Appreciation: Alex Johnstone, Conservative MSP

A common theme among the tributes to Alex Johnstone which have poured in this week is the fact that although his political opponents may have disagreed with him, they universally liked him.

For Business: Mechanical windows in the parliament are going to be kept open overnight. Pictured is Alex Johnstone, Consevatives MSP, in his office beside the manual and mechanical windows. Pic by Cate Gillon 15/6/05

Alex was a principled man, never afraid to make a stand and argue the case, but he did so with good humour and respect. He described himself as the spokesman for “late at night and early mornings”, reflecting the fact that when others were unavailable, he would happily turn up at a TV or radio studio and do the job.

Print journalists always knew they could rely on a comment from Alex to make a story work – one told me that they knew they could turn a story into a splash if they could get a quote from Alex.

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Alex had diverse political interests. He took advantage of the historical links between the northeast of Scotland and Japan to champion the relations between our two countries, something that earned him the Consul General of Japan’s Certificate of Commendation.

He was the first MSP to speak Japanese in the Chamber, something he prepared for by getting my Japanese-speaking wife to tape the speech for him, and learning it by heart in the office. It was a challenging process, and one that was thankfully not repeated.

Alex was also a strong advocate for the Veteran community, supporting charities who assisted Veterans with housing, employment and health issues.

He was particularly scathing about people who wore military medals they had not earned, and was leading the way on this until he fell ill. It speaks volumes of him that newspapers that would not ordinarily give a Tory MSP decent coverage were keen to work with him on projects like this.

Knife crime was another issue Alex was passionate about, and he campaigned for more education programmes to educate young people on the dangers of carrying a blade. He led a debate on it in Parliament, and in a twist of fate we both became involved in an incident in which someone pulled a large knife in a pub we were in. The subsequent press coverage of the incident included a photo of Alex and I in the Sun, with the strapline “Terror, Pair at Boozer”. Alex framed the press cutting and it still hung in his office years later.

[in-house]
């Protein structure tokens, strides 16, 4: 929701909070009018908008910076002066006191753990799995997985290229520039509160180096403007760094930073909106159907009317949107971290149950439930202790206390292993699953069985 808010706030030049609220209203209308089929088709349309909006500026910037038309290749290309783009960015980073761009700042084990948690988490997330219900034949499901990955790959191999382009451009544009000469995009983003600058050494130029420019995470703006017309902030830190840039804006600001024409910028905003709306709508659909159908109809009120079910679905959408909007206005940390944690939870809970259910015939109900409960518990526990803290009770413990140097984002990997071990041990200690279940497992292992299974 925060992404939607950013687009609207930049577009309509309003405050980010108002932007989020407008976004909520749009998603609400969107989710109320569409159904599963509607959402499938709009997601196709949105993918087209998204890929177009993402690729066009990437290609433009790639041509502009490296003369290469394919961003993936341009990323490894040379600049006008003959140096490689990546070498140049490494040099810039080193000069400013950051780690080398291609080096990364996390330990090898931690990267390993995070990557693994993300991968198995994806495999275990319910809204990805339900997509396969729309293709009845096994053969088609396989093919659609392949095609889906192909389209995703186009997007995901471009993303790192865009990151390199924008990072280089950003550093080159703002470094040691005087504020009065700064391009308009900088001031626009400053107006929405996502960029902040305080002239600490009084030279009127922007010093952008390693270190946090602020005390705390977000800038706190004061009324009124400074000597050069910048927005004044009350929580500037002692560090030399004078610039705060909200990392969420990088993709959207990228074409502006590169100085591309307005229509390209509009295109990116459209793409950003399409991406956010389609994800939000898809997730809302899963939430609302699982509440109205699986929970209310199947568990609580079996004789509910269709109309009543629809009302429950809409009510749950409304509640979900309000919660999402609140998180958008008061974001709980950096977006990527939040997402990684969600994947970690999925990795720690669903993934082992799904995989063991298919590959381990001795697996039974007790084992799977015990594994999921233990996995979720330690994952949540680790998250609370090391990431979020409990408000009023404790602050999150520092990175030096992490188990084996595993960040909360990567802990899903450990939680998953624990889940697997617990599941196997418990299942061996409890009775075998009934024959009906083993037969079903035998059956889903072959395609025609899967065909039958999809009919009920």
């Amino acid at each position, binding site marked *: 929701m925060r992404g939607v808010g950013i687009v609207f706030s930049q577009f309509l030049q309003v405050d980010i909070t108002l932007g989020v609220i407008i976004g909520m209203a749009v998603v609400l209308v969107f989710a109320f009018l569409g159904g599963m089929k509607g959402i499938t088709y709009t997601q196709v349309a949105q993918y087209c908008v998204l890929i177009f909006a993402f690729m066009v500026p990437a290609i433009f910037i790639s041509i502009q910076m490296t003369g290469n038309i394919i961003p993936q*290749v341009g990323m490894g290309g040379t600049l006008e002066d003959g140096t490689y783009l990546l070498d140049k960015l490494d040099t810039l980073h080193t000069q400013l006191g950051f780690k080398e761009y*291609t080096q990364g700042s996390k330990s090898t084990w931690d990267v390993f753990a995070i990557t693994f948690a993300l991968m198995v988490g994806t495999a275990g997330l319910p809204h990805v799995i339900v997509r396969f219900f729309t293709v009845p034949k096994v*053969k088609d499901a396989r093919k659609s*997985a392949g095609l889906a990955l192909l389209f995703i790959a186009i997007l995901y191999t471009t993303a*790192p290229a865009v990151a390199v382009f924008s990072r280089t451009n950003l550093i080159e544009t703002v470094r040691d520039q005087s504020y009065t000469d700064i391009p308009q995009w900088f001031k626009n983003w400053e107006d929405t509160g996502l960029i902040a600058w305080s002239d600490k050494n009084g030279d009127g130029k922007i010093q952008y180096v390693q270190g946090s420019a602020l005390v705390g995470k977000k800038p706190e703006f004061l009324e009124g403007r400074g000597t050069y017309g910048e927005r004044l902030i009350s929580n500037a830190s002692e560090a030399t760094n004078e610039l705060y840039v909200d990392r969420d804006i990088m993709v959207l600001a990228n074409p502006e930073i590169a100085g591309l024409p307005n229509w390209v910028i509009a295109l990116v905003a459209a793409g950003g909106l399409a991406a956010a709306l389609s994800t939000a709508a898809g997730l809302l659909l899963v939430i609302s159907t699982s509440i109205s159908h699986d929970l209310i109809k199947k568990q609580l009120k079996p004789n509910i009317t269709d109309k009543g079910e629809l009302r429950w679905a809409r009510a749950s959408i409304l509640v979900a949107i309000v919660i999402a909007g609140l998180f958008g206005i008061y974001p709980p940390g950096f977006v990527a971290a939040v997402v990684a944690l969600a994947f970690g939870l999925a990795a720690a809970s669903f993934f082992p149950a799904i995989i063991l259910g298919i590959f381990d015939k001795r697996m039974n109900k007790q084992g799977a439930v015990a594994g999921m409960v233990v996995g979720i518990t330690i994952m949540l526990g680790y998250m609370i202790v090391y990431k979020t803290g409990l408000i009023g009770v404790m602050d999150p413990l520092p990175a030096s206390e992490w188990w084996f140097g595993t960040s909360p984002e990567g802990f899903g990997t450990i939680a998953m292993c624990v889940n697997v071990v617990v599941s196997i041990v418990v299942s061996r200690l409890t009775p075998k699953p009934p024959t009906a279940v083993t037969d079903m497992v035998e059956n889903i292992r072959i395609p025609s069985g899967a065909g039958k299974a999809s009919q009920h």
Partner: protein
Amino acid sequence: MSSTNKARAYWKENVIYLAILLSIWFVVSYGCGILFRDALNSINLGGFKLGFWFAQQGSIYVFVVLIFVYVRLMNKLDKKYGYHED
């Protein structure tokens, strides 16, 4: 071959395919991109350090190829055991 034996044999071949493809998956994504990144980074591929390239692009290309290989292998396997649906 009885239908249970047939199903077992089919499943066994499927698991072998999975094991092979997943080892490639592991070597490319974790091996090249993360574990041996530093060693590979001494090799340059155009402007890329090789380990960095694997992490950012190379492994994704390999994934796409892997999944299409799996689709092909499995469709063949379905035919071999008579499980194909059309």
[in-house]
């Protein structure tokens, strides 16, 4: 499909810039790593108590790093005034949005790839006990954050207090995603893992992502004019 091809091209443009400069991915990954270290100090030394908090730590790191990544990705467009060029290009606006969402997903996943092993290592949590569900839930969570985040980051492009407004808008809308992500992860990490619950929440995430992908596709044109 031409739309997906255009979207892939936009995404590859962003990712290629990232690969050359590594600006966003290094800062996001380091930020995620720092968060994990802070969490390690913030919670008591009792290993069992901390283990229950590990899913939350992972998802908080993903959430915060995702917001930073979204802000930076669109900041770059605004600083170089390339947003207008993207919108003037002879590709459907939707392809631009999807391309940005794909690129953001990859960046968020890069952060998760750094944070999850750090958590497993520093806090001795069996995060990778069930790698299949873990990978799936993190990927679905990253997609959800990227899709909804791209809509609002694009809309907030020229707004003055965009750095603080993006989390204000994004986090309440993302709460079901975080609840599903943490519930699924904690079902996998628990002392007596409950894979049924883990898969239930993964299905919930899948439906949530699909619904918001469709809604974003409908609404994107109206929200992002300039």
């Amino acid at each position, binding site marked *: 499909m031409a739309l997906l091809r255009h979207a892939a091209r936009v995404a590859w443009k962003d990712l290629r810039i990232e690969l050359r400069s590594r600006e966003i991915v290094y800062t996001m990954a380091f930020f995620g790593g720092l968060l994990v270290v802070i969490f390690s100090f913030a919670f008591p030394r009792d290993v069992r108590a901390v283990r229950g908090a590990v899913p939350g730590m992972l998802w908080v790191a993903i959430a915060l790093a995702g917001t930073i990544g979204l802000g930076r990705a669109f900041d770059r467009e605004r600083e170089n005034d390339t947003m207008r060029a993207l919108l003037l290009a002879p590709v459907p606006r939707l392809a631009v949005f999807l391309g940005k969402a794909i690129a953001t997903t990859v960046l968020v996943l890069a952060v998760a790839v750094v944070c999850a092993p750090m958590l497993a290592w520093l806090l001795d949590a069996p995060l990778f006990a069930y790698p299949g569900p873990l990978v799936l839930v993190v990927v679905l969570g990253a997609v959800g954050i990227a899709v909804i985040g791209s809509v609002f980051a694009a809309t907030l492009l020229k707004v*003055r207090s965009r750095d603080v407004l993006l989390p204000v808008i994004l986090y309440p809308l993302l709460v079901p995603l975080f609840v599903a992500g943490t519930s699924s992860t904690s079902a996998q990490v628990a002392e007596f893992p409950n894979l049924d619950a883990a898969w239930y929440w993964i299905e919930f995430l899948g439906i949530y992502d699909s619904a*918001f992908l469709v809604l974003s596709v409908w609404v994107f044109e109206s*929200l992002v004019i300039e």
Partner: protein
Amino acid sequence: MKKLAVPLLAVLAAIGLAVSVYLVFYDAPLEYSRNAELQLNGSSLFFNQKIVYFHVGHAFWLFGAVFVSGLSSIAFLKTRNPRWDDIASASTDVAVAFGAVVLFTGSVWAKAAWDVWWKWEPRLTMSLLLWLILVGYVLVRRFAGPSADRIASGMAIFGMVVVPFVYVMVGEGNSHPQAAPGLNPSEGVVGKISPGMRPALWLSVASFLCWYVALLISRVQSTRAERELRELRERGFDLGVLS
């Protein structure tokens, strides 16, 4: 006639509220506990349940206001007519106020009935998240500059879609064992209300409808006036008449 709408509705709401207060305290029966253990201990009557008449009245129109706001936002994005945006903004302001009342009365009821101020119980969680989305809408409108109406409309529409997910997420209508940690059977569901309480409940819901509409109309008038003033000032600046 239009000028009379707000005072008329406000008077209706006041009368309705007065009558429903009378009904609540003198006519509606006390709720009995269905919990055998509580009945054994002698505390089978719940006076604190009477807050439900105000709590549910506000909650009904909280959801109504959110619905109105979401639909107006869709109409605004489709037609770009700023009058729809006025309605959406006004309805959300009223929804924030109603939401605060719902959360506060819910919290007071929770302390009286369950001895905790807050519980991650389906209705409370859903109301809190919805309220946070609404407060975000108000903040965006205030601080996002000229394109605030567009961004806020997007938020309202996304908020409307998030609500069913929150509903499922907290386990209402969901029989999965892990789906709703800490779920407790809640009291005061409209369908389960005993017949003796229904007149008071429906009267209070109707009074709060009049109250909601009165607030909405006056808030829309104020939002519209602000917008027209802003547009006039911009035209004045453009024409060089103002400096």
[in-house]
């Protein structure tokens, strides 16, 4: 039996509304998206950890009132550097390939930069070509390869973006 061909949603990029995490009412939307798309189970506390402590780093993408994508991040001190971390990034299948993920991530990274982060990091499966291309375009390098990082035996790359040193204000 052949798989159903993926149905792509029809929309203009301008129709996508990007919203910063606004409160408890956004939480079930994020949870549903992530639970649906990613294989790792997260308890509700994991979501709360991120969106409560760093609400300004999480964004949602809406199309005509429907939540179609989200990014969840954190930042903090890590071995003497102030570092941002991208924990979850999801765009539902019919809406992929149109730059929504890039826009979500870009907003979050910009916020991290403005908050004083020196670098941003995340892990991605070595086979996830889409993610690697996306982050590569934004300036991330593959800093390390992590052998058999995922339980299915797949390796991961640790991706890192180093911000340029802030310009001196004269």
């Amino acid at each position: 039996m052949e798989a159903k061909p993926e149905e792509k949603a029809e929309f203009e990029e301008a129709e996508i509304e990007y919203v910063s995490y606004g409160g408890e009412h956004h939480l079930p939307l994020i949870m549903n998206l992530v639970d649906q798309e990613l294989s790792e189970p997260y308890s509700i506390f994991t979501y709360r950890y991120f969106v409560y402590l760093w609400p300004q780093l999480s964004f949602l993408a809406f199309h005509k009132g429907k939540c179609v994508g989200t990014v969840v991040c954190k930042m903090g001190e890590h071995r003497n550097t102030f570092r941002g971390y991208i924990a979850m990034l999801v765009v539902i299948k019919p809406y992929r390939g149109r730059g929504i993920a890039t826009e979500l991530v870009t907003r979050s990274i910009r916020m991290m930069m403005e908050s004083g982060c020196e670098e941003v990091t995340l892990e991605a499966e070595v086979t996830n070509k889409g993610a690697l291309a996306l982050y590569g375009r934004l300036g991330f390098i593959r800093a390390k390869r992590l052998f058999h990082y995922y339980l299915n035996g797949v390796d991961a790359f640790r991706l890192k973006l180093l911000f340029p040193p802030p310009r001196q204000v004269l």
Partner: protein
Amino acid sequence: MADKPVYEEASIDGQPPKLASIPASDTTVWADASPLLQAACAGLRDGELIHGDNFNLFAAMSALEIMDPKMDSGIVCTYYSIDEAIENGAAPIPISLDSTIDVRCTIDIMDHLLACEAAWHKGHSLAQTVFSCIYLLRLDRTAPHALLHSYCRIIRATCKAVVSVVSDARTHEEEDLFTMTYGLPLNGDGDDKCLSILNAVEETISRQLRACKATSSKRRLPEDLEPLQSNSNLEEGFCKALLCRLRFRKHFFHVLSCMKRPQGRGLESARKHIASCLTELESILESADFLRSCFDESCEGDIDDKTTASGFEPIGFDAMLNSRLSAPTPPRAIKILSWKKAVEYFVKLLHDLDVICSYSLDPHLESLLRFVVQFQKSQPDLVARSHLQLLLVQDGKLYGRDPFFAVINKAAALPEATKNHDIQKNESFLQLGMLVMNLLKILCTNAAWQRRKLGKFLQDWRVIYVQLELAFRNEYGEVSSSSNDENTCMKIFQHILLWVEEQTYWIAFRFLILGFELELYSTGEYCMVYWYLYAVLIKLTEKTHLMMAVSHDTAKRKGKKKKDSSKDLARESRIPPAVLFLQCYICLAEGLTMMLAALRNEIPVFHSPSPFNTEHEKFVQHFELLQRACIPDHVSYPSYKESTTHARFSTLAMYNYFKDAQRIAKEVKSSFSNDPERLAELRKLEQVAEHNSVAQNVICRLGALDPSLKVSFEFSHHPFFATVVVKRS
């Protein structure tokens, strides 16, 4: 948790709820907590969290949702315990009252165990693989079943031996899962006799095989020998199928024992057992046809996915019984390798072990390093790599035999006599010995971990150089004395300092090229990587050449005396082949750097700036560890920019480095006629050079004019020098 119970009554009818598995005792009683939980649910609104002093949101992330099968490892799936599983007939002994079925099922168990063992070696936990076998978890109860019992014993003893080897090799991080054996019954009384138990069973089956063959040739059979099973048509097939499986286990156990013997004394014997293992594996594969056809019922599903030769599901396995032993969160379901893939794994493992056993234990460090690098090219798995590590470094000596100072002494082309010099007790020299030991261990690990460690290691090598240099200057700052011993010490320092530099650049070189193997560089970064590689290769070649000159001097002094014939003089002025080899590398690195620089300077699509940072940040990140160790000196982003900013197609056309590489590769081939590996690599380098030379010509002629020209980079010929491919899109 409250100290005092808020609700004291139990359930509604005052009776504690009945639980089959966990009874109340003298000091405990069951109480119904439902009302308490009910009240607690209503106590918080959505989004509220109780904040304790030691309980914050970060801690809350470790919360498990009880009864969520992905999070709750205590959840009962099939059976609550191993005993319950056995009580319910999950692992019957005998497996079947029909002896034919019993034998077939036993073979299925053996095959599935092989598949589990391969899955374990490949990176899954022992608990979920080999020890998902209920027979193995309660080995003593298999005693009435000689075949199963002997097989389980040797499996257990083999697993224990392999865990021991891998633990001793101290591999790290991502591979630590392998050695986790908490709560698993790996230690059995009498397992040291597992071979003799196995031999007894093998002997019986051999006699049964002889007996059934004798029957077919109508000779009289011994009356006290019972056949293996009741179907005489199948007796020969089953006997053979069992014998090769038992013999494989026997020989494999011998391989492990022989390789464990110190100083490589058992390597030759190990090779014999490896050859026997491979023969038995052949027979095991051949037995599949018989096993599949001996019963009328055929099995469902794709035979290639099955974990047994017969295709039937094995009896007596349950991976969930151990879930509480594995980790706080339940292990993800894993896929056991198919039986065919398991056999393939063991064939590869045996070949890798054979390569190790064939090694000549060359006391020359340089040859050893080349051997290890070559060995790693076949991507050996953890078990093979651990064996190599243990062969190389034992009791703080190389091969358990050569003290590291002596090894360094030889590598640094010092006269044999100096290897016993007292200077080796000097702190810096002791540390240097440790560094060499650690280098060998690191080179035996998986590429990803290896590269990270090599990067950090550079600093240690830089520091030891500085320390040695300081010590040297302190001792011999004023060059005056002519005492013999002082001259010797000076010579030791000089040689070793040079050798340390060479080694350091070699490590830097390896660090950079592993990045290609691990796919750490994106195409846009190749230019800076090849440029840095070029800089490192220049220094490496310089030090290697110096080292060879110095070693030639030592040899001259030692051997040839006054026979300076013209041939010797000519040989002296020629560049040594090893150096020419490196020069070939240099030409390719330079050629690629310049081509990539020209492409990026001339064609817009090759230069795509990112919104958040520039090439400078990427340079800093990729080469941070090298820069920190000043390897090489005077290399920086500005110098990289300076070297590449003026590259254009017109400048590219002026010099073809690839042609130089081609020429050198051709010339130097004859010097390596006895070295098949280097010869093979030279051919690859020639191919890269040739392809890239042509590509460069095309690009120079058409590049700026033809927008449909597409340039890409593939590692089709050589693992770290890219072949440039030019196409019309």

His keen interest in history led him to demand the rehabilitation of King Macbeth from Shakespeare’s portrayal. This attracted worldwide interest, and saw him get up at 4am to do radio interviews for the Australian media. Not everyone appreciated the campaign, however – one Shakespeare aficionado was so outraged, he threatened to kill Alex.

Another historically themed campaign he launched was to seek Unesco recognition for Arbroath Abbey on the basis of its connection to the Declaration of Arbroath in 1320. The campaign was launched outside the Abbey, with two of us in suits of armour and Alex holding a replica Declaration. This prompted an almost immediate hissy fit from some in the SNP which, typically, amused Alex no end.

The hallmark of Alex’ office was undoubtedly the roaring of laughter that inevitably rolled down the corridor, often accompanied by the banging of his great fists on the desk.

On one occasion he returned from recess and saw that the door to his flat had been tampered with and we suspected squatters. Instead of calling the police as he should have, we turned up and kicked the door in. It had been an attempted break in, but they had not gained access, and we were left standing there having nearly taken the door clean off its hinges, and had to call a joiner.

Alex was a big presence at Holyrood, not just physically, but in his contributions in the chamber and in committee. He was extremely well read on a broad range of subjects, but he was passionate about cricket, rugby and technology.

He loved Burns, and had set himself the task of mastering Tam O’ Shanter, something he pursued with his usual 
enthusiasm, and mastered it quickly.

He was a loving family man, and would often speak with pride about his wife, children and grandchildren in a way that made for compelling listening.

In the years that I knew Alex Johnstone, I did not ever hear him say a bad word about anyone. He always found the good in people, and others liked him because of it.

Politics is a fractious business, but Alex was above some of the behaviour that rightly turns the electorate off. He remained grounded, was proud of where he came from, and was a staunch champion for the north east. He will be sorely missed.